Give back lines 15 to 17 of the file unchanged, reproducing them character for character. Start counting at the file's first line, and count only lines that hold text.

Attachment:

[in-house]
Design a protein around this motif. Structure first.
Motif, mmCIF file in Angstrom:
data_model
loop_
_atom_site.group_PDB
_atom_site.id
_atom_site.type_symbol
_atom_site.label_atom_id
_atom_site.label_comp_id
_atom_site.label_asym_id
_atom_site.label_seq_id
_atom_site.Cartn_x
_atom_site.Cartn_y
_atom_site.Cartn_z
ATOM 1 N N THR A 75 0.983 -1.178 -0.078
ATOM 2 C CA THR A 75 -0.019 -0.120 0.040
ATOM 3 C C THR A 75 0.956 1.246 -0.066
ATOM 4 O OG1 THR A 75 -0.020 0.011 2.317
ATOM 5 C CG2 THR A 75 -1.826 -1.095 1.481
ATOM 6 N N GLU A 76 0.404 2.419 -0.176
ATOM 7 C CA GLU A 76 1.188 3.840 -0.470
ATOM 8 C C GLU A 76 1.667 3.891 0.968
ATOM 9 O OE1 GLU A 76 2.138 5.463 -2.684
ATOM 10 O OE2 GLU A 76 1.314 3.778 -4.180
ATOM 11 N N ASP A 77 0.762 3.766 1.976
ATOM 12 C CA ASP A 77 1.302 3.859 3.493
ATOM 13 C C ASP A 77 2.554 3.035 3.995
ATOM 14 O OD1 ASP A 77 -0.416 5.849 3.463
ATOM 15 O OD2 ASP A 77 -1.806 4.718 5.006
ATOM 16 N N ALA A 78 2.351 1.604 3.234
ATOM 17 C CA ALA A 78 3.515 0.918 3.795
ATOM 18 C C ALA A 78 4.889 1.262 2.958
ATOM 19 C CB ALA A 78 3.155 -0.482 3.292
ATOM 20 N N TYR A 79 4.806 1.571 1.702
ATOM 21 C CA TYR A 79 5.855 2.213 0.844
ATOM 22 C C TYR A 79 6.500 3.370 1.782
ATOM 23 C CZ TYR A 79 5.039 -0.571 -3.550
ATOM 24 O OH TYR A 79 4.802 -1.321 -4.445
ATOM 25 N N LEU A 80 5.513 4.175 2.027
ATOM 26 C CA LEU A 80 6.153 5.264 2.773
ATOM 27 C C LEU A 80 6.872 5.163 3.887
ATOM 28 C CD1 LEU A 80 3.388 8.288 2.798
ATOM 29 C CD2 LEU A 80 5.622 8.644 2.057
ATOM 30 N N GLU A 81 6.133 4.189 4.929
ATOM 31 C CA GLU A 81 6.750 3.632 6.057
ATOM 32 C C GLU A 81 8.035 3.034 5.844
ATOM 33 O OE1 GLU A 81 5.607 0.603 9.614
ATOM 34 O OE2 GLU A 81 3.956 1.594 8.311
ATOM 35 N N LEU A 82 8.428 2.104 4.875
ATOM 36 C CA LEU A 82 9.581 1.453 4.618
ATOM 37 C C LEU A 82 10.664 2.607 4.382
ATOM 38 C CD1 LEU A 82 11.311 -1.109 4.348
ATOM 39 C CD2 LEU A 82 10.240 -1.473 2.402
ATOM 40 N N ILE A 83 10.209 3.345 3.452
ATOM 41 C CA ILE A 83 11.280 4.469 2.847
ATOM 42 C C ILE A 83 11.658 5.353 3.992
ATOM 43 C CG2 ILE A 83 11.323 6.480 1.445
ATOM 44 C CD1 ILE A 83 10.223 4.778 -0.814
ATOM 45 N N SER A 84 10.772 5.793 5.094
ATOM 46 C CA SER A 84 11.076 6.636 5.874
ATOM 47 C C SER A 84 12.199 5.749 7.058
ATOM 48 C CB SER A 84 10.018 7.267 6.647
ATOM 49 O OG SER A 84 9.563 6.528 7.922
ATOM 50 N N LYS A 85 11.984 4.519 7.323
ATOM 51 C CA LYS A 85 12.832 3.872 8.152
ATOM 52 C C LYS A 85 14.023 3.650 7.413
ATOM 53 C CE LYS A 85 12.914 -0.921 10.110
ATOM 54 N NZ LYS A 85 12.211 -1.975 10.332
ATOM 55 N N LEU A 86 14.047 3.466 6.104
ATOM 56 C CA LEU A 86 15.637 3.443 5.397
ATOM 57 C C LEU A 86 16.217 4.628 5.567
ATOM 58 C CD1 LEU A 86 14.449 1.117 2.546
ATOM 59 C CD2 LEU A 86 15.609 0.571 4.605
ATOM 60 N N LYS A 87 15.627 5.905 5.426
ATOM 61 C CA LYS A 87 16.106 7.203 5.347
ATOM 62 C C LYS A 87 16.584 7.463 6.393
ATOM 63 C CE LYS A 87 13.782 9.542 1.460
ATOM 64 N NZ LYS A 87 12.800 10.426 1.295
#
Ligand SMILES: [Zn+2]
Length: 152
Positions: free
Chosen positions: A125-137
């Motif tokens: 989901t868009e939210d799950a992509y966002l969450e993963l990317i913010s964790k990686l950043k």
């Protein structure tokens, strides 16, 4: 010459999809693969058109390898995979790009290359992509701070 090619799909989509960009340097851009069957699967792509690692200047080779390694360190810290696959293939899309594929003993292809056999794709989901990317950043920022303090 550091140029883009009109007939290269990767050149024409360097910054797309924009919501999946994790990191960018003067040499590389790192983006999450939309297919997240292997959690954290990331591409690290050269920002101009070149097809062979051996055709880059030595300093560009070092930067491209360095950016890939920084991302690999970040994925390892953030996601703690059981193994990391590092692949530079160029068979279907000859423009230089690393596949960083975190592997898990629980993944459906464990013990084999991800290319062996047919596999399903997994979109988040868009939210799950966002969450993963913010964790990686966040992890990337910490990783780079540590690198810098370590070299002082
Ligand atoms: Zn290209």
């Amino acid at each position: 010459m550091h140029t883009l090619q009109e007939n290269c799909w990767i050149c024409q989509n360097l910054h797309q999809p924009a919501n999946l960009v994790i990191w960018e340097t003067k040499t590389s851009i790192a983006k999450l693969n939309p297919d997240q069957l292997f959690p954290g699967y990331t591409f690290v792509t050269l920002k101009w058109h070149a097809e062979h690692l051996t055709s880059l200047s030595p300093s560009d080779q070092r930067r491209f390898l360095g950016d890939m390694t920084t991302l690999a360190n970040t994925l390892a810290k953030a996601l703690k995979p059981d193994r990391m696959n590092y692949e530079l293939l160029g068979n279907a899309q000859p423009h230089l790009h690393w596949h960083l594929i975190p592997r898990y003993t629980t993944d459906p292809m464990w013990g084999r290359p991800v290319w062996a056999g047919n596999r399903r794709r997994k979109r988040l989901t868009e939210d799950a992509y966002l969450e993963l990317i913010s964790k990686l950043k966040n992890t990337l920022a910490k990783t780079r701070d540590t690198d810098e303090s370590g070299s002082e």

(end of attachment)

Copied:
_atom_site.Cartn_z
ATOM 1 N N THR A 75 0.983 -1.178 -0.078
ATOM 2 C CA THR A 75 -0.019 -0.120 0.040